• Al-Kitaab fii Ta’allum al-’Arabiyya with DVDs: A Textbook for Beginning Arabic, Part One (Third Edition)
  • Arabic-English Dictionary: The Hans Wehr Dictionary of Modern Written Arabic

Intermediate Arabic (“Second Year”: ARA 621K & 621L)

This course introduces students to various topics in Arab culture in order to expand language skills, advance vocabulary acquisition, and build toward Intermediate High proficiency in all skills. Coursework focuses on helping students master and activate large amounts of vocabulary and utilize the root and pattern system to increase fluency and accuracy in communication. We continue our work on reading and listening strategies to enable students to comprehend main ideas of authentic texts.  Preparation for active, cooperative participation in class activities is an essential component of the course. Students should expect to spend four to five hours daily on homework, review and class preparation. Course requirements also include active participation in class and ASI cultural events, occasional presentations and exams, and weekly writing activities.

Texts used in this course:

  • Al-Kitaab fii Ta’allum al-’Arabiyya with DVDs: A Textbook for Beginning Arabic, Part Two (Third Edition)
  • Arabic-English Dictionary: The Hans Wehr Dictionary of Modern Written Arabic

Advanced Arabic (“Third Year”: ARA 531K & ARA 531L)

This course aims at helping students reach Advanced proficiency in Arabic through language and content work focused on Arab history, literature, thought and other cultural manifestations. We continue to focus on developing truly active control of a large vocabulary thru communicative activities. Grammatical work focuses on complex grammatical constructions and demands increased accuracy in understanding and producing complex structures in extended discourse. Preparation for class and active, cooperative participation in group activities are essential to students’ progress in this course. Students should expect four to five hours of homework and class preparation daily. Requirements also include active participation in class and ASI cultural events, weekly essays, occasional exams and presentations.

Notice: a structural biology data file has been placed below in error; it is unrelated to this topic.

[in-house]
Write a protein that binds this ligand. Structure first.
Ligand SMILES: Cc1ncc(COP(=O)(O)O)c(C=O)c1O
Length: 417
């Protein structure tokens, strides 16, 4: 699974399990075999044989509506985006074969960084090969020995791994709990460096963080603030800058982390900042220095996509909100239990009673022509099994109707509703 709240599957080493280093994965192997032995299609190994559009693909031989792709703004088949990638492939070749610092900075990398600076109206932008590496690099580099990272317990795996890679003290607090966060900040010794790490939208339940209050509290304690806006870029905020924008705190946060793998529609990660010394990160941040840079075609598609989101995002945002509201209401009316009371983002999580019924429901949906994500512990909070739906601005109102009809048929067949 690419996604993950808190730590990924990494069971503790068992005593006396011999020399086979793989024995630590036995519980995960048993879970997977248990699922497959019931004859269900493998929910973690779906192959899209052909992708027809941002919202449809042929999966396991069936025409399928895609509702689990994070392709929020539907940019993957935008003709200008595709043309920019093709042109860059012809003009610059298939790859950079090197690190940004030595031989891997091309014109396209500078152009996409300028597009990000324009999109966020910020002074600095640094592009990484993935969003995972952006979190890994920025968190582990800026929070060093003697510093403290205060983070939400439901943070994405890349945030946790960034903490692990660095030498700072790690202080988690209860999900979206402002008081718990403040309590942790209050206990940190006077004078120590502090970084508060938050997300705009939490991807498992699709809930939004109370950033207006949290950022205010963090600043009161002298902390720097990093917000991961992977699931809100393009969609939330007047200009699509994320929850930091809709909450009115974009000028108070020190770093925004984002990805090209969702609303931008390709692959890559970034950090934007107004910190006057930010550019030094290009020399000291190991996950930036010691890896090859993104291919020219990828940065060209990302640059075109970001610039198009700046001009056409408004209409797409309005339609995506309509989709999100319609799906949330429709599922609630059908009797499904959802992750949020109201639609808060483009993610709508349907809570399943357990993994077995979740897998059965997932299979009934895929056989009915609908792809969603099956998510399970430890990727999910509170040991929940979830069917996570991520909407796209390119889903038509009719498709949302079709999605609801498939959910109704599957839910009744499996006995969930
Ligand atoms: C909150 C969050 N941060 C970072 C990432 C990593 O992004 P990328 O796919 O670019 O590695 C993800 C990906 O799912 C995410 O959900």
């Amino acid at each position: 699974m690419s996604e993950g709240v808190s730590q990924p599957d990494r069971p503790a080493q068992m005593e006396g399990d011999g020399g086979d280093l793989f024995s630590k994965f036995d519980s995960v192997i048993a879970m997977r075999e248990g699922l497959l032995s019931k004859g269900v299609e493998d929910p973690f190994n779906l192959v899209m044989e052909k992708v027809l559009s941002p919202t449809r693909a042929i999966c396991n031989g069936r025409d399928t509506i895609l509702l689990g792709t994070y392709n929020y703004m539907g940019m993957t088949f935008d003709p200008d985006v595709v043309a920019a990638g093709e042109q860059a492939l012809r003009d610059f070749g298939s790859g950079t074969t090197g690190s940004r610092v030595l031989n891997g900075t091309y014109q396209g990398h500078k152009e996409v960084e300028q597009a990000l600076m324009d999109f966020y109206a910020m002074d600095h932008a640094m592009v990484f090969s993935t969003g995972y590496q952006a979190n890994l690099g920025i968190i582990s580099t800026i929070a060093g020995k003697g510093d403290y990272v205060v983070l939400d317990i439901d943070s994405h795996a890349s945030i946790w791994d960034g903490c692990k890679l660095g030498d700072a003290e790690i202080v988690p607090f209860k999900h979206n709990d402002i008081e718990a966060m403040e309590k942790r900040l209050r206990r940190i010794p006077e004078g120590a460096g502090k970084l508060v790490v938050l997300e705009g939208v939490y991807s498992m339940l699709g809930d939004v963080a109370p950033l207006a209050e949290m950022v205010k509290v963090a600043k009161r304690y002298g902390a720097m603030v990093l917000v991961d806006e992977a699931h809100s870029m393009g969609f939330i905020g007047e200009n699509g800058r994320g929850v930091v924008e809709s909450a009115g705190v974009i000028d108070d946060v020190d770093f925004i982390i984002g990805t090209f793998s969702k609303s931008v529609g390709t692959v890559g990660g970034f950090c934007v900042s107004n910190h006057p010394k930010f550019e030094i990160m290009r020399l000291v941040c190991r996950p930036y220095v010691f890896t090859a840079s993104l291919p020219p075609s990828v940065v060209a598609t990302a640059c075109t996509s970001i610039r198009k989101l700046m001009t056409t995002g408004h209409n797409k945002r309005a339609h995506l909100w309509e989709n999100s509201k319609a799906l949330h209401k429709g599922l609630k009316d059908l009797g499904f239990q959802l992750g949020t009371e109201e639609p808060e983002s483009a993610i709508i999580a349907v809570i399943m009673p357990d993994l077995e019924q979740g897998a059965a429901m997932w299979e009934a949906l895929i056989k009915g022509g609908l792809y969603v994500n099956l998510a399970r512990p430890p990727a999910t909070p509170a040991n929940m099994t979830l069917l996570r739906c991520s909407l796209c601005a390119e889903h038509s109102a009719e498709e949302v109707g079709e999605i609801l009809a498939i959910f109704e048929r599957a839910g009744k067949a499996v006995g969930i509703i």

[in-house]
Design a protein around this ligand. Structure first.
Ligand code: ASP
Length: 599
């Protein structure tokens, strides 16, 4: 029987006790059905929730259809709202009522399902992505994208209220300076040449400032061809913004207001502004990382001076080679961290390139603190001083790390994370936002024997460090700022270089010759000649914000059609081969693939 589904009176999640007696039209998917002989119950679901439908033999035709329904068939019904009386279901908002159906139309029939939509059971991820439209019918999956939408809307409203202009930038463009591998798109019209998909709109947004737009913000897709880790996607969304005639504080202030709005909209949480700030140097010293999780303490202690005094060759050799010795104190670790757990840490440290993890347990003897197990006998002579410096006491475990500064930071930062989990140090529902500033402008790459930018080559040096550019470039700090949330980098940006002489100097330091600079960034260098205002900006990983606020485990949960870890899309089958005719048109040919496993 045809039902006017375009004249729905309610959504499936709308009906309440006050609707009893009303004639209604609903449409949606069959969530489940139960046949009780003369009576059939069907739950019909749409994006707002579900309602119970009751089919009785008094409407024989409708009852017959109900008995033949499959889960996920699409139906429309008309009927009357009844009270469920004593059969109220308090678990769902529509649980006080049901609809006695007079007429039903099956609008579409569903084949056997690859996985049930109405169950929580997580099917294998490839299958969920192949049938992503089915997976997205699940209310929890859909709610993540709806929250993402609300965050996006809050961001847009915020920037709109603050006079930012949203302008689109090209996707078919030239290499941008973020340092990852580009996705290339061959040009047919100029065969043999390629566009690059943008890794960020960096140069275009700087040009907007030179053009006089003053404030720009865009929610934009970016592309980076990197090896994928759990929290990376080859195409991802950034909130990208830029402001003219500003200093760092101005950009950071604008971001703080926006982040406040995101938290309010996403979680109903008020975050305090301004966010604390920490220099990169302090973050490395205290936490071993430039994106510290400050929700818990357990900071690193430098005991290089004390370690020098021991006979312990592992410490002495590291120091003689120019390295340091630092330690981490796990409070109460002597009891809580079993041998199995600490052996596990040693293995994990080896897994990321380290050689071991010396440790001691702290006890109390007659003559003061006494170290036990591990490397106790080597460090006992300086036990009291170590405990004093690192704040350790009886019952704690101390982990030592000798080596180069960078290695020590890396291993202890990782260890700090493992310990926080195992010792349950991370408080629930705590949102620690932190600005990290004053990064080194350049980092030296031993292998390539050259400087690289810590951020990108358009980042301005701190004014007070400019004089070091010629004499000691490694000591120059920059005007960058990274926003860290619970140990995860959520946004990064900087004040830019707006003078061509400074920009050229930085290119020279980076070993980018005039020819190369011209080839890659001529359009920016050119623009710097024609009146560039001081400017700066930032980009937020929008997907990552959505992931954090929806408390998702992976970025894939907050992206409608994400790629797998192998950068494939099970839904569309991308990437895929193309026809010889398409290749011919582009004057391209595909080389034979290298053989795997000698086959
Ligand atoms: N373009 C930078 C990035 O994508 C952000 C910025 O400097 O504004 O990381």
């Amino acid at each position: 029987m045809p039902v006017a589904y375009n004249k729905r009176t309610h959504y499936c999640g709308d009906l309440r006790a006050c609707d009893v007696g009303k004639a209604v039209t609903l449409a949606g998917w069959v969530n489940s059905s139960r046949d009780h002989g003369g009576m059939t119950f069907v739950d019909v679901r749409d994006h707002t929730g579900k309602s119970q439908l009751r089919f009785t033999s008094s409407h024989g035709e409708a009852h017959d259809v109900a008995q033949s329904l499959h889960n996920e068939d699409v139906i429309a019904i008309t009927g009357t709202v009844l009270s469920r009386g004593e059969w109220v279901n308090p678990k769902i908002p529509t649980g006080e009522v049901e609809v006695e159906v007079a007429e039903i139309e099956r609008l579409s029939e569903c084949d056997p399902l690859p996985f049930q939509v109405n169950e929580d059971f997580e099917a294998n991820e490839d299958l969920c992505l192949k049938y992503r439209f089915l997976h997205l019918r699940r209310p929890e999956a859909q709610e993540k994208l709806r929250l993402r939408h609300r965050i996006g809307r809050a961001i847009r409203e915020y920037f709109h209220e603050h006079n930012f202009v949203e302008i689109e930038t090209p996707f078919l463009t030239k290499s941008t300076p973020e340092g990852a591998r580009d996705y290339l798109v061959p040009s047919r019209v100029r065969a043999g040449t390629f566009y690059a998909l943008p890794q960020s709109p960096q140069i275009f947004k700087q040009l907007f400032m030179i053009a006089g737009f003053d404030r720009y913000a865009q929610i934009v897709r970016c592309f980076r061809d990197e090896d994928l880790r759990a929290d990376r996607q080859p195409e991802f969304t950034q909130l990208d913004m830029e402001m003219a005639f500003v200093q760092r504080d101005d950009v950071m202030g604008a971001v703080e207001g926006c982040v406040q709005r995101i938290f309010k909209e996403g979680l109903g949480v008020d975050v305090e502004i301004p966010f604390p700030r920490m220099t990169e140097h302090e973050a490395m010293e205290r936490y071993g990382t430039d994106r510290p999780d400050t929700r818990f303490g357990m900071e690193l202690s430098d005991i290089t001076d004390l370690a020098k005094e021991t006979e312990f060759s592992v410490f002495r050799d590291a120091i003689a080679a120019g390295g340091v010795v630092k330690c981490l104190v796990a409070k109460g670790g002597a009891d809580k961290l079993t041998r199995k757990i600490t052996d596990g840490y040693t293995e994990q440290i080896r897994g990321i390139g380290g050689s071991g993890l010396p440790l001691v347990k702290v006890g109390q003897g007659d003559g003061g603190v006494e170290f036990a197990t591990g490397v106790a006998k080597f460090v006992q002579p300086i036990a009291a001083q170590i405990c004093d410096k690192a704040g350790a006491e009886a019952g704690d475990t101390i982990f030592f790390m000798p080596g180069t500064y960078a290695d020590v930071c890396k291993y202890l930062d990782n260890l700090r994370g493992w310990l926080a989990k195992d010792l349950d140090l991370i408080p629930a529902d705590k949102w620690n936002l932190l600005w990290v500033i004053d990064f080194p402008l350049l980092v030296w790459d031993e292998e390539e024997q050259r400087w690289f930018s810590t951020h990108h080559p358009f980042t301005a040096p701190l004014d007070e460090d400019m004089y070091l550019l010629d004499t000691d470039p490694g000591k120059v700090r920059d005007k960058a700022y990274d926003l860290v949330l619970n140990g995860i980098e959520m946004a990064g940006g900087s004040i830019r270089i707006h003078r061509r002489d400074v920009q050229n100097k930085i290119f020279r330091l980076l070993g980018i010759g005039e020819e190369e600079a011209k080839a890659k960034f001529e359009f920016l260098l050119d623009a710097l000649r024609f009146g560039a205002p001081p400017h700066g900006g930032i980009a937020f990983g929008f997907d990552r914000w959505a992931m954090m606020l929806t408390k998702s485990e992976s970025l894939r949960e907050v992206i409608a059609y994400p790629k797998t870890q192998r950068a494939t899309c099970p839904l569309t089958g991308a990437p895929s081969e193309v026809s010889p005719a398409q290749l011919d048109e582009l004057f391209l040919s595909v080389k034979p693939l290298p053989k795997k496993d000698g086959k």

Texts used in this course:

  • Al-Kitaab fii Ta’allum al-’Arabiyya with DVDs: A Textbook for Beginning Arabic, Part Two (Second Edition)
  • Al-Kitaab fii Ta’allum al-’Arabiyya with DVDs: A Textbook for Beginning Arabic, Part Two (Third Edition)
  • Arabic-English Dictionary: The Hans Wehr Dictionary of Modern Written Arabic

 

ASI Cultural Activities

Each week, we will have two cultural events. On Tuesday afternoons we will typically have workshops on various aspects of culture and language. On most Wednesdays, we will screen an Arabic language film (subtitled), and the film will be followed by a discussion.  On certain Wednesdays, we will have a lecture instead of a film.

 

Office Hours

Each ustaaz (instructor) and mu3iid (TA) will have office hours available to students each week for discussion of grades or general performance review.  Instructional Support assistants will be available for additional language practice and assistance outside of the classroom.

 


[1] For more information on the ACTFL Language Proficiency Guidelines: http://www.languagetesting.com/scale.htm

 

Arabic Summer Institute Staff

Michael Mendoza
Director, Arabic Summer Institute

Christian Glakas
Assistant Director, AFP